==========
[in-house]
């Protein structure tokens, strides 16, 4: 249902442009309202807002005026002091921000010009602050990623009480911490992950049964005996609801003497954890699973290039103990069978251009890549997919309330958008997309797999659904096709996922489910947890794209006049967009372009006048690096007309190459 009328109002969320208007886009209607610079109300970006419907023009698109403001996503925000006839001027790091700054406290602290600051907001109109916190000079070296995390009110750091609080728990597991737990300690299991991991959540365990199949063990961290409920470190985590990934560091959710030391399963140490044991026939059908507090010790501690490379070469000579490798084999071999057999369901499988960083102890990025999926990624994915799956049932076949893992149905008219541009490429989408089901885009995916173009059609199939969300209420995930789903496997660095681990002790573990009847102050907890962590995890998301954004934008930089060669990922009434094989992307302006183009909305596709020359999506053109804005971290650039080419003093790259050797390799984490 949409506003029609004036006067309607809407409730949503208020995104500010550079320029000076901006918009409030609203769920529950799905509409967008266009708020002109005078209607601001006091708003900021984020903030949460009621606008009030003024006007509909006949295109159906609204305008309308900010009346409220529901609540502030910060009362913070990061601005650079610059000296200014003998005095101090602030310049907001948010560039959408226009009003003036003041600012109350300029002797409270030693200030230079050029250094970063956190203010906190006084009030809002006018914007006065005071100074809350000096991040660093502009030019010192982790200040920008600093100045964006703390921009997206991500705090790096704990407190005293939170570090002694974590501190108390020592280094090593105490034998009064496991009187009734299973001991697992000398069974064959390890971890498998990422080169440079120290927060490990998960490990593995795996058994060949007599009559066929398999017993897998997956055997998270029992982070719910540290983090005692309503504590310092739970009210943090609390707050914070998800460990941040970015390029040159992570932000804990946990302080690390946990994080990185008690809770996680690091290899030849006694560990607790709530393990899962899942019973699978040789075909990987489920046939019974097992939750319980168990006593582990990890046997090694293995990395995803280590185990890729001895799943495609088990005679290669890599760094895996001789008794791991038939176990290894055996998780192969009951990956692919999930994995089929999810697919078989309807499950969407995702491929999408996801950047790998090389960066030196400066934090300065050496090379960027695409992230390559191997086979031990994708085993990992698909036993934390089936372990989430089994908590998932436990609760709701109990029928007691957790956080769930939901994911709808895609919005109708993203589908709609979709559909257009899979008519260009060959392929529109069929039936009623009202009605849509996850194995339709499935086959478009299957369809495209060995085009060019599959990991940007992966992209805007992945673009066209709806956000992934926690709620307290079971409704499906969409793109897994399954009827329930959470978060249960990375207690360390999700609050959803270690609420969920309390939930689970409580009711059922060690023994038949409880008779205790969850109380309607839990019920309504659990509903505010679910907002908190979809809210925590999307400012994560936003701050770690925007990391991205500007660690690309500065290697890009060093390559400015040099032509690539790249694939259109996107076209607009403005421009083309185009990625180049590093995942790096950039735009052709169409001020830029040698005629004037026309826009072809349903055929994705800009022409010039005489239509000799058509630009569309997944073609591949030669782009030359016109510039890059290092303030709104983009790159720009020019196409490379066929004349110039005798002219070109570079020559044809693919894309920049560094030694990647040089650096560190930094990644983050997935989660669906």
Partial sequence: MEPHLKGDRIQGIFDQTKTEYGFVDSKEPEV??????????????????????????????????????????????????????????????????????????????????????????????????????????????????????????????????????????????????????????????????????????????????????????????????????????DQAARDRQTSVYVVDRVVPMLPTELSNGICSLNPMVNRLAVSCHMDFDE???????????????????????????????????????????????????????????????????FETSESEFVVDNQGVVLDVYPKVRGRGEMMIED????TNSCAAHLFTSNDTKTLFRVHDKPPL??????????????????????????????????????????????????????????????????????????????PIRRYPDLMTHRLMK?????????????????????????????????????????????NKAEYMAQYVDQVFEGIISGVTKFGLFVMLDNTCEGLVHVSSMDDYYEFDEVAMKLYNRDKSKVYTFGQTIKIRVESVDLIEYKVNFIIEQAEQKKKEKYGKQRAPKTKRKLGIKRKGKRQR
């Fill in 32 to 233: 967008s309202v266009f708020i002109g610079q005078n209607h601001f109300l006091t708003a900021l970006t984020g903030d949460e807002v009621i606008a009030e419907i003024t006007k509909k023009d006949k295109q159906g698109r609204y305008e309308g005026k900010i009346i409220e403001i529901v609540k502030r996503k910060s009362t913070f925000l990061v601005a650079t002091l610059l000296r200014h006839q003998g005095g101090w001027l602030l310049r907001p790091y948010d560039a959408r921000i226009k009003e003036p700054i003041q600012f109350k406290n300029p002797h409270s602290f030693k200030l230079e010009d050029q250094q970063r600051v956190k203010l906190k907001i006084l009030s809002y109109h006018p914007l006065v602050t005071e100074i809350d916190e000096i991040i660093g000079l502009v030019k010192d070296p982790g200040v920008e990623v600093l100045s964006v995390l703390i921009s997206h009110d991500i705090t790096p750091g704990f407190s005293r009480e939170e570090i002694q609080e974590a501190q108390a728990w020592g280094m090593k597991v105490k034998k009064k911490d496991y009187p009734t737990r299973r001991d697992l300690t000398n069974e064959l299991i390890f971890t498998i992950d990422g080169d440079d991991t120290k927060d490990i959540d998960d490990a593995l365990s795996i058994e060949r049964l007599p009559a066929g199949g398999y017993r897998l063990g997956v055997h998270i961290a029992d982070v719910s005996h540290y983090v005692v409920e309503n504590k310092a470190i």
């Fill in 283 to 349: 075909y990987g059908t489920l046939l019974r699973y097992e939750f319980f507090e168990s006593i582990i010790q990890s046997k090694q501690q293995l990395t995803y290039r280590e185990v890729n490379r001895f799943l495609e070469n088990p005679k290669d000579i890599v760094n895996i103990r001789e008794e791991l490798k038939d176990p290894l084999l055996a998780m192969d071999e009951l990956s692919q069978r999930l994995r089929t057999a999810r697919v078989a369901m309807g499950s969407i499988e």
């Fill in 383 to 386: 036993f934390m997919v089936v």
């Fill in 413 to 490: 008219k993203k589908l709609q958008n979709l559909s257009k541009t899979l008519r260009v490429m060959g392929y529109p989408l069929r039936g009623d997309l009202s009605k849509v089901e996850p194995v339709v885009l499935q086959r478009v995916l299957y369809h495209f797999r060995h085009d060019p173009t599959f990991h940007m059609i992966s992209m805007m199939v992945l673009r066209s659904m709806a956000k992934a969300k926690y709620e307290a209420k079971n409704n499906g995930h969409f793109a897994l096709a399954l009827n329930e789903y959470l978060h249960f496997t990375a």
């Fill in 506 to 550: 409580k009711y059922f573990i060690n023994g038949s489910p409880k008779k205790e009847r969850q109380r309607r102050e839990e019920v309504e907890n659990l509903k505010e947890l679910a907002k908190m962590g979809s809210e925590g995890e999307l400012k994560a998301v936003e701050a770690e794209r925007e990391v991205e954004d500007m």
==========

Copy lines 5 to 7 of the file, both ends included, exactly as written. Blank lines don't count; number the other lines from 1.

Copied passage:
């Fill in 283 to 349: 075909y990987g059908t489920l046939l019974r699973y097992e939750f319980f507090e168990s006593i582990i010790q990890s046997k090694q501690q293995l990395t995803y290039r280590e185990v890729n490379r001895f799943l495609e070469n088990p005679k290669d000579i890599v760094n895996i103990r001789e008794e791991l490798k038939d176990p290894l084999l055996a998780m192969d071999e009951l990956s692919q069978r999930l994995r089929t057999a999810r697919v078989a369901m309807g499950s969407i499988e």
């Fill in 383 to 386: 036993f934390m997919v089936v």
């Fill in 413 to 490: 008219k993203k589908l709609q958008n979709l559909s257009k541009t899979l008519r260009v490429m060959g392929y529109p989408l069929r039936g009623d997309l009202s009605k849509v089901e996850p194995v339709v885009l499935q086959r478009v995916l299957y369809h495209f797999r060995h085009d060019p173009t599959f990991h940007m059609i992966s992209m805007m199939v992945l673009r066209s659904m709806a956000k992934a969300k926690y709620e307290a209420k079971n409704n499906g995930h969409f793109a897994l096709a399954l009827n329930e789903y959470l978060h249960f496997t990375a």